Grazing to Manage Grasslands: New Appreciation for an Old Practice

Jun 10, 2017

Aaron Gilliam keeps an eye on his grazing flock--300 strong--at Helen Putnam Regional Park.
Credit Bruce Robinson / KRCB-FM

Sheep can chew down grasses that might later burn, snack on unwanted poison oak, and fertilize the soil as they go. And they can co-exist with human users of parklands while doing all that.

Sheep are an alternative to using tractors dragging discs to plow grass under and create firebreaks. But unlike the machines, says Aaron Gilliam, the sheep will graze around ground-level bird nests, and positively coexist with the native fauna in other ways, too.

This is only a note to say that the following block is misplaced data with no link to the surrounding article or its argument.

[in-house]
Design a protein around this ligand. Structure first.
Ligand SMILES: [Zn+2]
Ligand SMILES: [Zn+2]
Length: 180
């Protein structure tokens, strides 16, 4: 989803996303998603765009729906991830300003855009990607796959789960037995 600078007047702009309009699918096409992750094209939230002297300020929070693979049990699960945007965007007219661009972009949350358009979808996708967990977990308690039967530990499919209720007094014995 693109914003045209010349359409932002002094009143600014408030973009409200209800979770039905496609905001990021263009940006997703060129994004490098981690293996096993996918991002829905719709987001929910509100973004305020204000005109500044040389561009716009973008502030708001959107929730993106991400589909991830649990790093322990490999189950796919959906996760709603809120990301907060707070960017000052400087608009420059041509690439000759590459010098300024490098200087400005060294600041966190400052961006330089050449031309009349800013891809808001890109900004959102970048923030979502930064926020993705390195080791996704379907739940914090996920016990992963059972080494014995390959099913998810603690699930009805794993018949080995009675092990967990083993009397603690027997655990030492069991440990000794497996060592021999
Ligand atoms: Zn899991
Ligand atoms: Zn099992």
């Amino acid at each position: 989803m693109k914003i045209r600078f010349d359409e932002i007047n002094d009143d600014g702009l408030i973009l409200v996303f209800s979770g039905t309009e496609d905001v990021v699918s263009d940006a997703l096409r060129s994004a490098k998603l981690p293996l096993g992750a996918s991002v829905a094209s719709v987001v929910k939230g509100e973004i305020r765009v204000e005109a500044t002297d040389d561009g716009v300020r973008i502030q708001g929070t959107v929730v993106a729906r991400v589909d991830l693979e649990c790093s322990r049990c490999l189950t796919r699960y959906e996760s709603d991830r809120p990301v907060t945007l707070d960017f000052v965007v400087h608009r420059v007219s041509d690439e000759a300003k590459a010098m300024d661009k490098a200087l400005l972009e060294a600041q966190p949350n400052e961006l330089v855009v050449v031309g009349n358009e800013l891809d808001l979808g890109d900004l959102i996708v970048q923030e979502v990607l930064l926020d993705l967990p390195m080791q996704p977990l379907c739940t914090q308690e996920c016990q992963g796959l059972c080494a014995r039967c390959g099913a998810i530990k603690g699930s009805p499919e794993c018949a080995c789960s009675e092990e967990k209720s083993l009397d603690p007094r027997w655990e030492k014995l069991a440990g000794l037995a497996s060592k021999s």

Now and then, grazing pauses for a moment of gazing at a photographer.

Gilliam’s Sweetgrass Grazing has contracted to cover about 11 acres at Helen Putnam Regional Park this season. He says the pace of the animal’s work varies quite a bit, depending on several factors.